Private Sector Hub

Private Sector Hub
The United States, through Feed the Future, is engaging the private sector in a meaningful, comprehensive way to develop models that are integral to core business strategies and meet the global food security challenge. These “win-win” partnerships will advance the impact of sustainable development and will foster private sector-led growth in emerging markets, critical to reducing poverty, fighting hunger, and improving nutrition.
To be considered for funding, proposed alliances must demonstrate good partnership principles:
  • Have clearly-defined objectives agreed to by all partners. 
  • Mobilize significant new, non-public resources — whether money, technologies, or expertise — to address significant international development challenges.
  • Operate in a country where USAID has a field office (known as a Mission) and must address one or more strategic development objectives. For proposed alliances in countries where USAID does not have a field office, applicants should consult with the regional Mission or USAID Office in Washington, D.C., responsible for that country.
  • Contribute to one or more of USAID's high priority initiatives, including Feed the Future.
  • Commit to achieve significant development impact directly and attributably through the alliance. Possible measures could include the number of jobs created, number of people given access to products, services, technology, etc., or amount invested by the private sector in public goods.
  • Be feasible from a technical, economic, financial, and social perspective.


Partnership Models

In addition to the Feed the Future Private Sector Engagement Hub, the U.S. Government supports private sector engagement and investment in Africa through three Africa regional trade hubs. We can provide an introduction for your business to the trade hubs, or you may contact them directly.
A woman smiles as she stands in a greenhouse with plants
Feed the Future Partnering for Innovation promotes the commercialization of improved agricultural technologies to help smallholder farmers and assists USAID missions to engage private sector partners to enhance the impact of their Feed the Future programming.
Photo of a woman farmer
In 2011, USAID, together with six partners, announced a first-of-its-kind effort to invest $25 million in the African Agricultural Capital Fund, which will deliver much needed growth capital to boost the productivity and profitability of Africa's undercapitalized agriculture sector.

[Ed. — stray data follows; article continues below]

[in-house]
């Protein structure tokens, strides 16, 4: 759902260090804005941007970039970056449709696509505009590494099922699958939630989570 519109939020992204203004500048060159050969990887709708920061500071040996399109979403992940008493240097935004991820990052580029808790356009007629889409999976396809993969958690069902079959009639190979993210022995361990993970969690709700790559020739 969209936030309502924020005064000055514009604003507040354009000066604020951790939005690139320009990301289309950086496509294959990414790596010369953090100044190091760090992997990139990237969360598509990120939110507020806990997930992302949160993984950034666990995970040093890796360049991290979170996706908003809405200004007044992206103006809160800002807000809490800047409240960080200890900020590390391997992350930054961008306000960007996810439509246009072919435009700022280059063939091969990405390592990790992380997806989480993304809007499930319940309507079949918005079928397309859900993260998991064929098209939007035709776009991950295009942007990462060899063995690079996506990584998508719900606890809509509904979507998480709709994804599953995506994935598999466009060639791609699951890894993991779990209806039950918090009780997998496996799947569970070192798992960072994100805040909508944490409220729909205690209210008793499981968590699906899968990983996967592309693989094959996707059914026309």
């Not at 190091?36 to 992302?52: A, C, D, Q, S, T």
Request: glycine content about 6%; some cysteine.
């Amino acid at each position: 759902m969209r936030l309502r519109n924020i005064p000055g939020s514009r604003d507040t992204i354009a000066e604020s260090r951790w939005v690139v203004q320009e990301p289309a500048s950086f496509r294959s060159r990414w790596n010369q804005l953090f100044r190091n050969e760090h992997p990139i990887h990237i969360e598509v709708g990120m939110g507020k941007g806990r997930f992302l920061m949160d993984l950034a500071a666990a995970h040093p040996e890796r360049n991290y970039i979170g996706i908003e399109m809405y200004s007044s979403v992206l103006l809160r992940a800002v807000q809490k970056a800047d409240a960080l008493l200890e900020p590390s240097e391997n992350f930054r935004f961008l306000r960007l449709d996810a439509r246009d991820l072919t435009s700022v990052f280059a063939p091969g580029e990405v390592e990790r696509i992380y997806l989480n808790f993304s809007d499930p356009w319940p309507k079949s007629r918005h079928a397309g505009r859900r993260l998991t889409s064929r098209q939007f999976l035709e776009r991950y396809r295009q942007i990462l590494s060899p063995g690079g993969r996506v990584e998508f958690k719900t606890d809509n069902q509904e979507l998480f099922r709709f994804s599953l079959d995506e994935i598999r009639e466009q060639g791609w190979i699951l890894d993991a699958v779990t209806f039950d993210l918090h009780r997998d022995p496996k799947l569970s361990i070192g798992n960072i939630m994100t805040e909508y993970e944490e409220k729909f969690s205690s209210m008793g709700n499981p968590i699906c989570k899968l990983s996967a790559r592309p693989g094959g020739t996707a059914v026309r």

Honoring the legacy of Nobel Peace Prize Laureate Norman Borlaug, this is a major new effort to increase the number of agricultural scientists and strengthen scientific institutions in developing countries.
A volunteer shows a plant to a student
Beginning this month, U.S. graduate students will travel to Feed the Future focus countries to work on projects led by in-country organizations to support smallholder farmers growing fruits and vegetables.
Farmers in Haiti
This partnership combines the expertise of Swiss Re, a global leader in innovative risk management solutions, with two USAID efforts: the Global Climate Change Initiative, which aims in part to increase resilience to extreme climate events and accelerate the global transition to a sustainable, low-carbon economy, and the Feed the Future initiative.
A Ghanaian farmer in a soy field
The Africa Lead Agribusiness Leadership Program supports capacity building under the Feed the Future initiative and the African Union's Comprehensive Africa Agriculture Development Programme. A major component of Africa Lead is collaboration with U.S., international and African agribusinesses on an Agribusiness Leadership Program aimed at training the next generation of agribusiness professionals across the continent.
A Ghanaian farmer examines cashew fruit
USAID partners with the International Fertilizer Development Center to address issues relating to food security, global hunger, environmental protection and self-sufficiency. The Virtual Fertilizer Research Center, a global research initiative by IFDC, will ensure long-term sustainability of critical programs through research on new fertilizer products and technology commercialization of efficient, environmentally sound fertilizers.
Zambian workers with bananas
The Enabling Agricultural Trade project supports legal and institutional reform through agricultural policy analysis, implementation support for USAID, and practical guidance on how policies and governments can enable agribusiness. EAT offers a suite of targeted and customizable analytical tools and implementation support to identify, diagnose and reform agribusiness enabling environment constraints that hinder start up and growth across the sector.
A Guatemalan farmer
This initiative supports partnerships between academic researchers and the private sector to develop and utilize index insurance as a tool to enhance risk management, access to finance, and technology adoption among smallholder agricultural producers in developing countries. The initiative currently has seven pilot activities addressing risk and index insurance in Peru, Kenya, Mali, Ethiopia, Bangladesh, and Guatemala.
A Haitian farmer
USAID partners with PepsiCo to improve yields, production and availability of healthy food in East Africa. This pilot program, Enterprise EthioPEA, focuses on improving the production of chickpeas in Ethiopia. This existing value chain has potential not only as a nutritious staple food, but also as an export crop and a flexible ingredient for many processed foods.